This is the second of two volumes designed to explain the origins of World War II by focusing on the role of German foreign policy. That policy, as determined by Adolf Hitler, is analyzed on the basis of comprehensive research in German, British and American archives. The published documents of France, Italy, Russia and numerous other countries, as well as the extensive literature on the subject and the papers of many participants, have been researched to present what this comprehensive study of the road to war in 1939.;Paying careful attention to the actions of all the major powers and many minor ones, Weinberg examines how Germany took advantages of its central position and the general fear of war after the terrible experience of 1914-1918 to attain a dominant position on the European continent. New light is shed on German re-armament, on the efforts of Britain and France to avert the war, on the annexation of Austria, on the crisis culminating in the Munich Agreement, and on the final steps to war in 1939. Events in East Asia and the role of the United States are also covered.;Of interest to both the specialist and the general reader, these two volumes were originally published by the University of Chicago Press in 1970 and 1980. Volume 1 received the George Louis Beer Prize of the American Historical Association and volume II won the Haiverson Prize of the German Studies Association.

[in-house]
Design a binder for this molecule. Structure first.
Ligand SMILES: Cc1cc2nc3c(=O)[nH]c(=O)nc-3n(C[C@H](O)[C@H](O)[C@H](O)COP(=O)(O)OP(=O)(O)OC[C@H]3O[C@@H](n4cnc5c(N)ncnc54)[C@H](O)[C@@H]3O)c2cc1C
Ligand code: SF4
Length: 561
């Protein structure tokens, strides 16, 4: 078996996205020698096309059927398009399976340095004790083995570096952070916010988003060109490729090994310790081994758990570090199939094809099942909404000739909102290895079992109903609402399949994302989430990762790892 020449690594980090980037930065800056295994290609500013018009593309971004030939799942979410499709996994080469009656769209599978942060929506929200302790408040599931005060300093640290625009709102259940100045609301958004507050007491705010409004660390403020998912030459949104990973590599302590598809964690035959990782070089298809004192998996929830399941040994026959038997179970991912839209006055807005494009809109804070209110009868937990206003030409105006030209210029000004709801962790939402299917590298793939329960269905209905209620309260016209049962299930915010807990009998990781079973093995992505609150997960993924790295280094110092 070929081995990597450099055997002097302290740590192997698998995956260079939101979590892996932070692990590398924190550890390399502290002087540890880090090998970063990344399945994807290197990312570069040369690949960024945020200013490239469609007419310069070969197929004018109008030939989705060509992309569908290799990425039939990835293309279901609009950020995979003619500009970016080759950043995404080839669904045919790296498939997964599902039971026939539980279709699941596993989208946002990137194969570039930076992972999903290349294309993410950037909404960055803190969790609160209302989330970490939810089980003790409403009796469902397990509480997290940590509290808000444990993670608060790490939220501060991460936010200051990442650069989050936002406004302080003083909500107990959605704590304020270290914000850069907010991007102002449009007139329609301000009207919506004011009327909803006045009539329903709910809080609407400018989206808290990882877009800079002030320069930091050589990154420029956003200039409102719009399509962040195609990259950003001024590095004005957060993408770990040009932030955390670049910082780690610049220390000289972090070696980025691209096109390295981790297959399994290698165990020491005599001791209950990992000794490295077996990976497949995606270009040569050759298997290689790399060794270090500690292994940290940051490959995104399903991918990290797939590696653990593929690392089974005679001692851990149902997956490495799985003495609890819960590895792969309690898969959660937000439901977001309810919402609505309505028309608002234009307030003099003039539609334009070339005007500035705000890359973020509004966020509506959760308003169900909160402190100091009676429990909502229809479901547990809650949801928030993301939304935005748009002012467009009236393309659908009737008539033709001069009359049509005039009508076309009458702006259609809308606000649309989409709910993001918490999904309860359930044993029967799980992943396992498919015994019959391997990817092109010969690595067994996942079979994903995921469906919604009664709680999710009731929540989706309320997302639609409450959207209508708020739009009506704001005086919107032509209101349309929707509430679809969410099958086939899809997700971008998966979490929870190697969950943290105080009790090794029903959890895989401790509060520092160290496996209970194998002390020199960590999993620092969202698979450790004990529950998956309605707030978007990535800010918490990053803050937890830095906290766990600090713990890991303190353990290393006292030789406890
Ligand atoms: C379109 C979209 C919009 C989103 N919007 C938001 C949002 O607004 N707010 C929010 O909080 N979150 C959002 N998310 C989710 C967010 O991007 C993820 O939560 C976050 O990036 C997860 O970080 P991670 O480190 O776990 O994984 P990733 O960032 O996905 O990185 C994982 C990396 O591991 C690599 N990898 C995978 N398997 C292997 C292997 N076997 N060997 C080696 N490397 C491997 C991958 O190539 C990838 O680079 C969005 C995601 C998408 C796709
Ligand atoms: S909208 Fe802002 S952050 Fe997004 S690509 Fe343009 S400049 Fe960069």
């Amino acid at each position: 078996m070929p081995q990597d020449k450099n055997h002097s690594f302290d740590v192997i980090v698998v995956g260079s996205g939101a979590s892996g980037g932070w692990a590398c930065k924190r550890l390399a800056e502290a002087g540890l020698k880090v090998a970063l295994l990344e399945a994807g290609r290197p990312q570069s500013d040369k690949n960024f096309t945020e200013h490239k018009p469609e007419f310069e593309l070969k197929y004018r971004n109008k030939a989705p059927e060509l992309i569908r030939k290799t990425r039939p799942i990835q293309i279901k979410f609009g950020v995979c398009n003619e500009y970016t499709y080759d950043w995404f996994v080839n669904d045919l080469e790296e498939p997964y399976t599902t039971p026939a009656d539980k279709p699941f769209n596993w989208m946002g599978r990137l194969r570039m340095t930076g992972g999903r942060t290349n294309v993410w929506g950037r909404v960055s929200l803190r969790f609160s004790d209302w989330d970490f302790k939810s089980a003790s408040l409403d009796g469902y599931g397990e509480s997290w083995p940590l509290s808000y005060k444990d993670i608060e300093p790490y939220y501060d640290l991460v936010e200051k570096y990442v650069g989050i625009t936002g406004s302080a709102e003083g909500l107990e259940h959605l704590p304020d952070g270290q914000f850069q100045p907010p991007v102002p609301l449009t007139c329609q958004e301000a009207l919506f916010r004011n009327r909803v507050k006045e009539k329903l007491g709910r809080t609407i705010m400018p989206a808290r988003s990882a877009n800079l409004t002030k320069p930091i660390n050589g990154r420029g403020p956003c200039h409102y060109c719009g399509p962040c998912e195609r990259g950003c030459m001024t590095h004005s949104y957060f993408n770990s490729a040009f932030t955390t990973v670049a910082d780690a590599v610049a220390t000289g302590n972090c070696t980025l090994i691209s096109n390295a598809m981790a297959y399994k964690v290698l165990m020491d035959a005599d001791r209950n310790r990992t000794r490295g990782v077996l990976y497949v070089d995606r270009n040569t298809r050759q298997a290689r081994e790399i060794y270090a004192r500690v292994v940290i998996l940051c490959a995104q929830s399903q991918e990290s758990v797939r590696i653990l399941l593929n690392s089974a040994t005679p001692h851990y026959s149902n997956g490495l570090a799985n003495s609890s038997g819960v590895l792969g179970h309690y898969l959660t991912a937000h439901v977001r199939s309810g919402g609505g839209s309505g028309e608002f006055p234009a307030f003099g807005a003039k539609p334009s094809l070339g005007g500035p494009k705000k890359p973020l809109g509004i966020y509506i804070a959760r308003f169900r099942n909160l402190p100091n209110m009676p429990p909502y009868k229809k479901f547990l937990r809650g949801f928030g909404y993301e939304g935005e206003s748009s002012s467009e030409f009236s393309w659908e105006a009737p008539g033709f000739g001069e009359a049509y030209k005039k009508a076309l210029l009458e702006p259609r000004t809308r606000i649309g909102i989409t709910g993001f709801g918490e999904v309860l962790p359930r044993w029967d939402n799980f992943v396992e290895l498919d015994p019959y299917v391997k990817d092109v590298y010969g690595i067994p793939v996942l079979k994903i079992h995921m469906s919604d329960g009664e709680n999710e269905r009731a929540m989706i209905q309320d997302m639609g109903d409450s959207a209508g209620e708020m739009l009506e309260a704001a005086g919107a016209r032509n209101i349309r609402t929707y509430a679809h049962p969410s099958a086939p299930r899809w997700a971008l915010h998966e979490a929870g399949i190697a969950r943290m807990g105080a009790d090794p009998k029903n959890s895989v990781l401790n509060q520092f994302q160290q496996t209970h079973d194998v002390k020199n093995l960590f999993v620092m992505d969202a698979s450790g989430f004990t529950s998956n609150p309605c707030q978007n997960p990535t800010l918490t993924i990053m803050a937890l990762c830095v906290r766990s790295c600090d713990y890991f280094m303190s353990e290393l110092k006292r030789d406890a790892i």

The previous owner's name is written in pen inside.